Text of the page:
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Non-discriminatory language

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Non-discriminatory language - Ethnicity

There are two main issues.

Being inclusive

You need to use words which do not exclude any groupings.

You should avoid implying that everybody in Britain is white or British. Many British people are not white. Many people who live in Britain are not British.

Ways of doing this include:

  • acknowledge and pay attention to the fact that there are different ethnic or cultural groupings
This is from an earlier part of this section. The example includes ethnic or cultural groups.

People outside a group using certain slang words may not understand them (e.g. religious group; ethnic or cultural group; group sharing an interest, like a sport; age group).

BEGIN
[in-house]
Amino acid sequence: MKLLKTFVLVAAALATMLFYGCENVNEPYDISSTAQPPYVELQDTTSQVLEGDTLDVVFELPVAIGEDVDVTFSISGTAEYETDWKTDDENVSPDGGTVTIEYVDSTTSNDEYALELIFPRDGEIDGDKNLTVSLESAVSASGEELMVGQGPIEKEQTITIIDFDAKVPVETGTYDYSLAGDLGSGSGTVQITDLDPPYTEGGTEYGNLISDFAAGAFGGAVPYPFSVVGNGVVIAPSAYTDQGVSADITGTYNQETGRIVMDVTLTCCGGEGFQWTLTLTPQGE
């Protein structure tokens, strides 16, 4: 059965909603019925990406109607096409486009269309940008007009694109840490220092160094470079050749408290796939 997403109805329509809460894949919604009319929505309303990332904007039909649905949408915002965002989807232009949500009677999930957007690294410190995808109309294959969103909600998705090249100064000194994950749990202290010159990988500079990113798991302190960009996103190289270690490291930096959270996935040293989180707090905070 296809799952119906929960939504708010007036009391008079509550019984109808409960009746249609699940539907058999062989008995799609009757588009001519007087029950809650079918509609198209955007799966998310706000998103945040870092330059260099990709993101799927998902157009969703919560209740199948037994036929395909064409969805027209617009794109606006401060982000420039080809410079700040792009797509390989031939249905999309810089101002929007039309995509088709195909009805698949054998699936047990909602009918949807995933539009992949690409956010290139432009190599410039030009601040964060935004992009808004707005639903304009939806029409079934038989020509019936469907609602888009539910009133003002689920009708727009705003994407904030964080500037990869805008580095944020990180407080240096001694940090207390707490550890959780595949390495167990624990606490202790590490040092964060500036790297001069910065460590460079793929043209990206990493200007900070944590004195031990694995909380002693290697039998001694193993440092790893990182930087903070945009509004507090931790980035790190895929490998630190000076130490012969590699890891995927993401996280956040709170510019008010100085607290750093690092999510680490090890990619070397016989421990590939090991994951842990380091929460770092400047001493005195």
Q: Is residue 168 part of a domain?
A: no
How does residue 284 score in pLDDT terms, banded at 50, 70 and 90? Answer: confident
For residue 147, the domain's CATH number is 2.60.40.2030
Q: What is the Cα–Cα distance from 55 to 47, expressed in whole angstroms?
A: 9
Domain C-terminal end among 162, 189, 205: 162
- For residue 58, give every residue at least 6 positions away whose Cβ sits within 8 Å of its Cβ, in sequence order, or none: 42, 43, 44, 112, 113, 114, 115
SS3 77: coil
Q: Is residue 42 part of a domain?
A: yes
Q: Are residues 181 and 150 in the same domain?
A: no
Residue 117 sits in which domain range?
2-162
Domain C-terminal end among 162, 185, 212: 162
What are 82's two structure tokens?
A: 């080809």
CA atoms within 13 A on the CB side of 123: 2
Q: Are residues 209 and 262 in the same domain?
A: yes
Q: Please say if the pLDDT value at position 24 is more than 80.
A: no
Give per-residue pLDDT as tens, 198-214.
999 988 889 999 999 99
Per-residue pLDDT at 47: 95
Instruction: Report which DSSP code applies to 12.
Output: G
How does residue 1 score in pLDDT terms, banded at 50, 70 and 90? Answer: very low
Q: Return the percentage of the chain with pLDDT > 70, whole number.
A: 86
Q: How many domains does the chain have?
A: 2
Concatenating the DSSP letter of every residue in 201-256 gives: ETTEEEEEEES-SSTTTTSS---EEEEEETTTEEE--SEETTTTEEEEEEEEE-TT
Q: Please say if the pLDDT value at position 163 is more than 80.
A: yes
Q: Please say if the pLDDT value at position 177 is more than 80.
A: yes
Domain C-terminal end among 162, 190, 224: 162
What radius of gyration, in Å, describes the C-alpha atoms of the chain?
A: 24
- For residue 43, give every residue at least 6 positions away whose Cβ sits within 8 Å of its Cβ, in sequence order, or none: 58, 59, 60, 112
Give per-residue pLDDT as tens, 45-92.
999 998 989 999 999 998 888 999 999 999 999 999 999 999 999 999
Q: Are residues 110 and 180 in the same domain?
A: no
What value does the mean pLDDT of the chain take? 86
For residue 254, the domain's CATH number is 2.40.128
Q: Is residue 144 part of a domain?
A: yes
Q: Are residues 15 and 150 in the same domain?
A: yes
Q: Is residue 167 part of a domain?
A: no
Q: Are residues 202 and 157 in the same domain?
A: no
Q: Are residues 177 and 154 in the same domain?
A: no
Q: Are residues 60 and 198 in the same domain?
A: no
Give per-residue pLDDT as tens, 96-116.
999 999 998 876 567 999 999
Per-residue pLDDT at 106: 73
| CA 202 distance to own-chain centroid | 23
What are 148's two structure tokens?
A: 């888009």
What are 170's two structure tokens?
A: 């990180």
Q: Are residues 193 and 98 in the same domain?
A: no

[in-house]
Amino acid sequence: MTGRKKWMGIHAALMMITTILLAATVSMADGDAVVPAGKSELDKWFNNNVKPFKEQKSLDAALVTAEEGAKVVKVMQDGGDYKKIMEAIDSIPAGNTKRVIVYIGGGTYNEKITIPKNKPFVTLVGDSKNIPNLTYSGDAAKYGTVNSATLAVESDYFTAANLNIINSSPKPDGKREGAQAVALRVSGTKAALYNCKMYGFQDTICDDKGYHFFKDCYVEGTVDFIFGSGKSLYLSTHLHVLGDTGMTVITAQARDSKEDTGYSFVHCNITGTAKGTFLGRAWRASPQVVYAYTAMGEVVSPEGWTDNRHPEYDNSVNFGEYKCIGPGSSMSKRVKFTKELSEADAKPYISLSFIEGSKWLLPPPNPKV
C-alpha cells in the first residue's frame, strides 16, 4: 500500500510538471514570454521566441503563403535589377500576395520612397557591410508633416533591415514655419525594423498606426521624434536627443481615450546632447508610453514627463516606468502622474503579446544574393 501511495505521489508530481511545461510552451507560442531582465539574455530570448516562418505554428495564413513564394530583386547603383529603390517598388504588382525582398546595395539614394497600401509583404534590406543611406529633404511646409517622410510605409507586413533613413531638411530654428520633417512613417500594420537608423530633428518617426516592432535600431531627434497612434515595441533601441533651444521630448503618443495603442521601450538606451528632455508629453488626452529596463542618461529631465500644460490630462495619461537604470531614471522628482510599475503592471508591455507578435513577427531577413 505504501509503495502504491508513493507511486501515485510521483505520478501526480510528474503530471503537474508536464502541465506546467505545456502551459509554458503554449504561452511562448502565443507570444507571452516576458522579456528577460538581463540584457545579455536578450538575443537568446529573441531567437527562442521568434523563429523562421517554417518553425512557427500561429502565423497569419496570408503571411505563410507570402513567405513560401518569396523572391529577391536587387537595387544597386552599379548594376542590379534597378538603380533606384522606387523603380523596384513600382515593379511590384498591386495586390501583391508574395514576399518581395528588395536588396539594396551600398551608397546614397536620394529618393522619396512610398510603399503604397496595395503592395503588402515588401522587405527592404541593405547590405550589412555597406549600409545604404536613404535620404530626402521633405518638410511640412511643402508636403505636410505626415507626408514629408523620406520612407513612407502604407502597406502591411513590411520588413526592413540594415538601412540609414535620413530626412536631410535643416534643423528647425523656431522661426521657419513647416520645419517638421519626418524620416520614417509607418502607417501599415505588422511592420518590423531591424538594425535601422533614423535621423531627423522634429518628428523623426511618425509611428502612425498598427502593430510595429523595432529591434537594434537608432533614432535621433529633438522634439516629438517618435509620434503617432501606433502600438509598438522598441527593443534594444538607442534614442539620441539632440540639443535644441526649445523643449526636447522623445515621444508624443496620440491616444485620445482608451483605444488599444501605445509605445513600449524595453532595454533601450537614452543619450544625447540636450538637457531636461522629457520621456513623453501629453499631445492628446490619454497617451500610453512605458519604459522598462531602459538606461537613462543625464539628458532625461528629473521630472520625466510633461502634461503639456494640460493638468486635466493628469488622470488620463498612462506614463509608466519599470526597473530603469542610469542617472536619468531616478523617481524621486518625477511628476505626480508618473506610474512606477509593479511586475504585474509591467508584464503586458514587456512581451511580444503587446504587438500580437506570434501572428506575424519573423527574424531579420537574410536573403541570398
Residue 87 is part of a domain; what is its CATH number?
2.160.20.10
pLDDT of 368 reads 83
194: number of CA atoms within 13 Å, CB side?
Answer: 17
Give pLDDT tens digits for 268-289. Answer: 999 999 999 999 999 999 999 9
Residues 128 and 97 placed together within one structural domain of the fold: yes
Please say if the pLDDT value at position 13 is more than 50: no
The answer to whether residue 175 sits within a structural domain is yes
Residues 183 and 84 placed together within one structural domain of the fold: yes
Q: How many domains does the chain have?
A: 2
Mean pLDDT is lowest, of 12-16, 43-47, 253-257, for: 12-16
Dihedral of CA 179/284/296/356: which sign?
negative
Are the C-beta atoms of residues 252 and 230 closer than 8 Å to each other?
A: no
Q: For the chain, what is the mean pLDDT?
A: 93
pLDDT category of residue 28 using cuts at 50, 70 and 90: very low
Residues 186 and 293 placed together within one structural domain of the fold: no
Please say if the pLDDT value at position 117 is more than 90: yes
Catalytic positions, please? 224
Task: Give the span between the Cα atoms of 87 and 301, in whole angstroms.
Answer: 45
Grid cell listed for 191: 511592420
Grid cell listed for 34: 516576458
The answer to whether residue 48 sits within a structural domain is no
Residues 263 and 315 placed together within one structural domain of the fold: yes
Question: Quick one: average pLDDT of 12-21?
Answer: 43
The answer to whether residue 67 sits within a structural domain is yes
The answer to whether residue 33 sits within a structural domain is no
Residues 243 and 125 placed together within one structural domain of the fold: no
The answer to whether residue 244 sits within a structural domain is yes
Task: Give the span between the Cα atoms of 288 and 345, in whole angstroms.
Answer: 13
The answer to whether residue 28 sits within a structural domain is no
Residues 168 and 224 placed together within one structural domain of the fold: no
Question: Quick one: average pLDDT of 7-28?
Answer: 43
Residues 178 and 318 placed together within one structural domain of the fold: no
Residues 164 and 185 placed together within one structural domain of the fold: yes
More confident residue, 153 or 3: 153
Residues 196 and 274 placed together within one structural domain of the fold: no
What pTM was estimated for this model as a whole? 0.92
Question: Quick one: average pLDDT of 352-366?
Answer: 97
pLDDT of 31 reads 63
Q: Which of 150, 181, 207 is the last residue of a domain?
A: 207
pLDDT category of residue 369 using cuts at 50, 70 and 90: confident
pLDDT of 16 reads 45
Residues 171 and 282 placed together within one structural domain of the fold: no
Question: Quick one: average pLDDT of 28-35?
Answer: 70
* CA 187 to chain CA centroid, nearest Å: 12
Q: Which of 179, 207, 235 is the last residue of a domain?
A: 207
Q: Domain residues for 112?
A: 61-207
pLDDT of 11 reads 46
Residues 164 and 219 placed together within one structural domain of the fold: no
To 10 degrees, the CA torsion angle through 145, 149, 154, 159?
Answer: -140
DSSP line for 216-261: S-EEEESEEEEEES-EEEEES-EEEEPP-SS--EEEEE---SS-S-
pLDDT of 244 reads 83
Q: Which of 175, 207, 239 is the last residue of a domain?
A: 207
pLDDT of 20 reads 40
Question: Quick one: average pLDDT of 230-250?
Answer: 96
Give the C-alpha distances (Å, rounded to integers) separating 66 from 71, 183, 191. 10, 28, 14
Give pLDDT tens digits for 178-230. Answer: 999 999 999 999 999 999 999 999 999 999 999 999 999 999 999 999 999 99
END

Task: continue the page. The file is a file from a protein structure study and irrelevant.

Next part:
• when using examples, use names or photographs of people from different ethnic or cultural groups.
Salma liked the book. She found it interesting.
Jane disliked the film. She found it boring.
Avoiding offence

It is unacceptable to use words or phrases which offend people from other cultures or ethnic groups.

Find out what terms people from other cultures or ethnic groups use to describe themselves, so you can use those terms. The terms can change over time, so make sure they are currently acceptable.

Scottish people dislike being referred to as *Scotch (it's the name of a drink!) - Scottish is acceptable.

People with African roots refer to themselves as black (other terms may be offensive e.g. *coloured).

Minority ethnic students is acceptable as opposed to ethnic (everybody has a certain ethnicity).

'Black, Asian and people from other minority ethnic communities' is an inclusive term.

© Learning & Teaching Institute, Sheffield Hallam University 2004